Everyone knows that the food we eat is where our energy comes from. But it obviously has to go through many changes in order to be utilised. Cells require a lot of energy. The amount of complex chemical reactions that they undertake constantly is really rather mind-boggling. We are talking literally hundreds of thousands of things going on inside the cells and tissues of our body every second. This life-giving activity requires energy, and lots of it, too. I will go into greater detail later about how food is digested and how the energy is released from foods, but for now, what we need to know is that cells’ first choice of energy to run on is glucose. We can run very effectively on fats, too… more on that later. When we eat a meal, glucose, to a greater or lesser extent, will enter into the bloodstream and become available to the body. When glucose is available following a meal, the hormone insulin gets released from the pancreas and lets all our cells know that glucose is here and it is ready to use. Insulin then binds to its receptor and tells cells to take in glucose… and do it quickly. Glucose transporters open and in comes the glucose. Once inside the cells, the glucose needs to be put to use. Unfortunately, it isn’t as simple as cells simply running off glucose, more work needs to be done. Glucose needs to be converted into something called ATP (Adenosine Triphosphate). This is what gives the cell the energy it needs. It is the actual energy currency of the cell.

ATP has a specific structure. It consists of a substance called adenosine that is bound to three phosphates (again, don’t get too worried about the details, just the general concept). These are held together by very high-energy chemical bonds. When needed, one of the three phosphates can be chopped off to release the high energy found in these bonds to power chemical reactions within the cell. What’s left behind is something called ADP (Adenosine Diphosphate). Tri = 3, Di = 2; before it was a Triphosphate then, after one of the phosphates has been removed, it becomes a Diphosphate. This has to then have another phosphate attached to it, returning it to the triphosphate and restoring that huge amount of energy in the bond. This takes place in the mitochondria.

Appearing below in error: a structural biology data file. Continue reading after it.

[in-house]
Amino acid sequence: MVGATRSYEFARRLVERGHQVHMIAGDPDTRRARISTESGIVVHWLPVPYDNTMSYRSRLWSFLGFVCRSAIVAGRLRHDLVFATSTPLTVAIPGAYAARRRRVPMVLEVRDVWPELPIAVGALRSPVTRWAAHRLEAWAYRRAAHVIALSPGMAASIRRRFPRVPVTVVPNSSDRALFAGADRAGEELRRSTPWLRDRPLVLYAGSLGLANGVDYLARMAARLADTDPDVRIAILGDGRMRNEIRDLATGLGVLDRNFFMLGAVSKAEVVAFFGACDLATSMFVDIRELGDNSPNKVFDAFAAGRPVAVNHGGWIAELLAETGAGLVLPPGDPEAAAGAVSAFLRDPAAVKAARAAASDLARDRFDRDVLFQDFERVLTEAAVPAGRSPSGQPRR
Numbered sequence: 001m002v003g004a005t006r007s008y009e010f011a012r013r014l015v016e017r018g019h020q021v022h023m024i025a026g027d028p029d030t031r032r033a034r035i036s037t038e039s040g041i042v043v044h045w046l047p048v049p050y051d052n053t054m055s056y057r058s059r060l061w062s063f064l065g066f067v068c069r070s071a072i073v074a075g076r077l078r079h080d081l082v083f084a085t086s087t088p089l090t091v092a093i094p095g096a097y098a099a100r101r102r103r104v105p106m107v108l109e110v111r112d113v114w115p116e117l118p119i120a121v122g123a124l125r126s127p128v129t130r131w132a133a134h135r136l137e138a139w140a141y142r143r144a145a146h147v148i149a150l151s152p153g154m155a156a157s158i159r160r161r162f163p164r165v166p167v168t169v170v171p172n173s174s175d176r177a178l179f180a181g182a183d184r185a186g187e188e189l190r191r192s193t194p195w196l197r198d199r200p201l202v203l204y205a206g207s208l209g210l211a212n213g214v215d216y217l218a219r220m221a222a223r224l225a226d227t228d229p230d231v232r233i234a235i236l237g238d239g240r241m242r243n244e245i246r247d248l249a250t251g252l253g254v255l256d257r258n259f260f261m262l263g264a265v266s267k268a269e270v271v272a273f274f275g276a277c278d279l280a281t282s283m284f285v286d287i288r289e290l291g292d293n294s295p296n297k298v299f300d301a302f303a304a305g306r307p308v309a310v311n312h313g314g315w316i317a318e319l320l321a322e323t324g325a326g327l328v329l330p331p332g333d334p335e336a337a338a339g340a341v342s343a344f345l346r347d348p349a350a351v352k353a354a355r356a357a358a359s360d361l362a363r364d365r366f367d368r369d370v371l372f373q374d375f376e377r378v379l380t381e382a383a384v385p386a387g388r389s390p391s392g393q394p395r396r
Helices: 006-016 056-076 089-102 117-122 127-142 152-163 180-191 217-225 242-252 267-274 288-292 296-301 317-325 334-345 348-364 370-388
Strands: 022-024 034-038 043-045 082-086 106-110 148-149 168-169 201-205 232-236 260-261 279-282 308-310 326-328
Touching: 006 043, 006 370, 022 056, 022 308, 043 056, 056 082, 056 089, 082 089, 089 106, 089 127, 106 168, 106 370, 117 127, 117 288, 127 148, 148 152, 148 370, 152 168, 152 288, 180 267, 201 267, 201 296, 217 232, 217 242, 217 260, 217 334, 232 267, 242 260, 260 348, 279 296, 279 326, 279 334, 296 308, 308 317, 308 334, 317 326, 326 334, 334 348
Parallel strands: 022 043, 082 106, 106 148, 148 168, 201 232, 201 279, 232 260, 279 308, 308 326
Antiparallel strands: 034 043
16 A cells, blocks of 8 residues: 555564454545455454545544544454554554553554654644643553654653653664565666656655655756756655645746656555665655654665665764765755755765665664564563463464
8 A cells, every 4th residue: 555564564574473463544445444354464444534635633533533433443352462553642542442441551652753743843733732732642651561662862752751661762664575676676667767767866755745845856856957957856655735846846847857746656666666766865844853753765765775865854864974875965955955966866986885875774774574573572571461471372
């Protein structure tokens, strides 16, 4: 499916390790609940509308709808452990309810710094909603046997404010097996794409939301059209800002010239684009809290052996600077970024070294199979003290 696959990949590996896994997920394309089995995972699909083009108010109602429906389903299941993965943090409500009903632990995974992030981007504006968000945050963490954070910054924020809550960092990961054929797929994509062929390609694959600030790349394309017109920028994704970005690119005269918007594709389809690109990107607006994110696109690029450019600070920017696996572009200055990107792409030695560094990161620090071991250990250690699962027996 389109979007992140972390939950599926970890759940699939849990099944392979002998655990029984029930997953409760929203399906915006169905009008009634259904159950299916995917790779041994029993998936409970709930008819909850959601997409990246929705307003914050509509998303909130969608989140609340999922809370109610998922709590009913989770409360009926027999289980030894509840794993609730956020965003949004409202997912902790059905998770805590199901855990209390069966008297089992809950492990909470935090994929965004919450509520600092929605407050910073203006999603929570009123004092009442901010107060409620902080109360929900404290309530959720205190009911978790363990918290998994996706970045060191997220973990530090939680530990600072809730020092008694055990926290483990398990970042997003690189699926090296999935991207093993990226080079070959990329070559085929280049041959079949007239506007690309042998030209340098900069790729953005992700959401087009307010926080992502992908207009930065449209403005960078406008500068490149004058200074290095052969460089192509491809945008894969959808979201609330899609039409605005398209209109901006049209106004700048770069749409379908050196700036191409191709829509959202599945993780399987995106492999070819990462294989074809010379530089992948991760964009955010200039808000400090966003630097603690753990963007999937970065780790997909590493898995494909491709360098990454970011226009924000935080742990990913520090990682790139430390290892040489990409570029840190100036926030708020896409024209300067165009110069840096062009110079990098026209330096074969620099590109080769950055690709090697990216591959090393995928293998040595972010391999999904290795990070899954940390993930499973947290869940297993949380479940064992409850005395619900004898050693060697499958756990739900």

Sugars and fats contain many high-energy bonds. If you recall, the mitochondria is composed of a sac within a sac. In the space between the two sacs, these fuel substances (glucose and fats) are broken apart to release the high energy in them, as electrons. These electrons then activate pumps that force hydrogen across into the inner sac. These hydrogens in turn then move through something called ATP Synthase, and generate enough energy to bind a new phosphate on to the ADP.

OK, I know this sounds a little bit geeky and complex and you don’t need to know it inside out. The point I want to drive home is that cells respond to external signalling that lets them know that fuel is available. This fuel goes through a series of reactions that power our cells. That’s it in a nutshell.

Phew. Hopefully that is the hard part over. It will all be worth it, I promise: these key points will put some of the later information into context for you.